|Photos||Video & Audio||Blogs||Statistics||Archive||Shop||Mobile|
December 17, 2012
Adapting to foreign conditions is the test all touring teams want to pass on the road. South Africa have become masters of that art, having not lost a series away from home since 2006. New Zealand, with wins in Hobart and Colombo in the last year, are still learning.
The shortest format may be the ideal place to do that. With conditions only playing a small role and margins between teams much smaller, Twenty20 cricket is where teams like New Zealand hope to compete when they come up against a side with the reputation and form of South Africa.
"We can go into the T20 series with a great deal of optimism" Bob Carter, the New Zealand assistant coach, said. "We're very much up for it. The boys have gone into their training really well, with lots of energy, and we're really looking forward to the challenge of playing in South Africa. Who wouldn't? It's a good place to tour and there are exciting times here with cricket."
The sport has captured the attention of the public after the South African Test team rose to No.1 on the Test rankings in August with victory in England and stayed there when they beat Australia in their own backyard. Since scaling those heights, South Africa have not played in front of their home fans, who are eager to watch their team in action again.
But they will have to cheer on a new-look side. South Africa's T20 squad contains four uncapped players and a new captain as they attempt to revolutionise things ahead of the next ICC tournament.
It's with that in mind that New Zealand go into the series. Allrounder James Franklin does not think there is "too much to fear" even though his team is the clear underdog. "We have to pick our ranking up and the only way we can do that is by winning," he said.
New Zealand too have five uncapped players in their squad, some of whom will get a run in the practice match on Tuesday against South Africa A. For them, having these fresh faces around is "exciting", as Franklin and Carter put it. "Theirs is youthful exuberance, they've got no baggage and they just want to get stuck in and see where they fit in terms of the team and international cricket," Franklin said. "You've got to run a little bit faster and try and keep up with them. But hopefully it will rub of both ways. They rub off on me in terms of me trying to keep up and from me, if they want, a little bit of guidance."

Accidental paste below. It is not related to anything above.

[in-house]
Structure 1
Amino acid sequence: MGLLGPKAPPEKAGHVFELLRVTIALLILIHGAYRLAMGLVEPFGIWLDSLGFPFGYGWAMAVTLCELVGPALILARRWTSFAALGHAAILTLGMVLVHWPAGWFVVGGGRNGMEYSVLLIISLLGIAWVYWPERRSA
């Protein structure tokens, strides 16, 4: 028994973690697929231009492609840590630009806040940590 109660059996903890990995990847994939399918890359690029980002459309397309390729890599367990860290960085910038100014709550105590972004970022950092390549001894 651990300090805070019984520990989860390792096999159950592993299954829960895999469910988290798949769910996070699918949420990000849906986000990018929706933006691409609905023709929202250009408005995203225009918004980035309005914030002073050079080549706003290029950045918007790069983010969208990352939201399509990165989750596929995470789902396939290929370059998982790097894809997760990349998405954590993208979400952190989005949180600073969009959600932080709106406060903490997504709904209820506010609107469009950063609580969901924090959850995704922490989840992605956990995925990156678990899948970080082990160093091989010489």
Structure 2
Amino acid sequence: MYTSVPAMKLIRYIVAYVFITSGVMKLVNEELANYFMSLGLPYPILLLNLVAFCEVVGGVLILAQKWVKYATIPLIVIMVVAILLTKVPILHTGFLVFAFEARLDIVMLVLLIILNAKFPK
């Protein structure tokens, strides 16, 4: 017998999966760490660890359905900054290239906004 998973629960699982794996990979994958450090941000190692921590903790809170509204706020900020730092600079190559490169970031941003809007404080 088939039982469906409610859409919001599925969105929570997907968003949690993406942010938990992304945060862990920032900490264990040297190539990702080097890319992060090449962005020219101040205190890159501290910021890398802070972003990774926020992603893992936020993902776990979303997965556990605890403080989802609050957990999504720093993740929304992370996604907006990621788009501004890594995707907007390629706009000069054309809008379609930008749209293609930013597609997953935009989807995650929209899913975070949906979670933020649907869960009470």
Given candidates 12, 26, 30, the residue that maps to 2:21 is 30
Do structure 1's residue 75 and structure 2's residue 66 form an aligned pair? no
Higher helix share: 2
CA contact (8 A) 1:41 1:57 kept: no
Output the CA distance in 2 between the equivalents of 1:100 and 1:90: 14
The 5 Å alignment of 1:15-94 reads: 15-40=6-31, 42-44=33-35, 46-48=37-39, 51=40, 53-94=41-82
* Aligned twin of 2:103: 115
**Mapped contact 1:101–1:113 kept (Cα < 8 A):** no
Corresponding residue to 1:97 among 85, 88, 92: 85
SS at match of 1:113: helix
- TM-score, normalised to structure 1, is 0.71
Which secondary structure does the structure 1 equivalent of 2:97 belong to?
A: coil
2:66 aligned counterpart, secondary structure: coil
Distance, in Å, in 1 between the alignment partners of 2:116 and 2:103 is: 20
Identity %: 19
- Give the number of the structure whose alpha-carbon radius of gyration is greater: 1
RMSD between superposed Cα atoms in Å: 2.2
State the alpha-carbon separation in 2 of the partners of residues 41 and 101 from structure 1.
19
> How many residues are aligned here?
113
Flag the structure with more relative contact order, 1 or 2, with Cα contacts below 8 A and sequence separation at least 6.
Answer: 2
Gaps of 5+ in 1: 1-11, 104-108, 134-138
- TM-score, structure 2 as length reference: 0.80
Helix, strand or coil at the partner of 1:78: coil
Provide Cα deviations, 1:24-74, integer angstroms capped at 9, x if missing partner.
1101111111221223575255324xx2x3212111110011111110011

These young players bring a fresh energy to the squad, which had been weighed down by internal strife, including the withdrawal of Ross Taylor, before the tour. "Their enthusiasm, their joy at being picked for New Zealand and the way they have gone about their business has been really good," Carter said. "They have really flung themselves at training and it's good to have them on board."
Carter also had a word of warning for the team about their opposition. "[Even with the newcomers] South Africa have still got a very fine side with Dale Steyn and Morne Morkel and others," he said. "That will be a really good test for us and a really good challenge. Every South African side is a good one."
Firdose Moonda is ESPNcricinfo's South Africa correspondentFeeds: Firdose Moonda
© ESPN Sports Media Ltd.
|Comments have now been closed for this article
The BCCI set up a three-man committee to tackle the problem of chucking at age-group and domestic cricket, and it has produced significant results in five years
The board's latest standoff with its players has had embarrassing consequences internationally, so any resolution now needs to be approached thoughtfully
What Australia have not done since returning a fractured unit from India is head back to Asia to play an Asian team. Two of their major weaknesses - handling spin and reverse swing - will be tested in the UAE by Pakistan
The WICB statement should cool down emotions and allow all parties involved to take the next step forward
Stats highlights from the fourth ODI between India and West Indies in Dharamsala
Players demanding that home pitches should be prepared to favour them don't realise it's a retaliatory business
The gap between the haves and the have-nots is growing wider, and the disenchantment is forcing a devaluation of Test cricket among weaker teams
ESPNcricinfo runs the rule over the preparation of all 16 Australia players ahead of the first Test, which starts in Dubai on Wednesday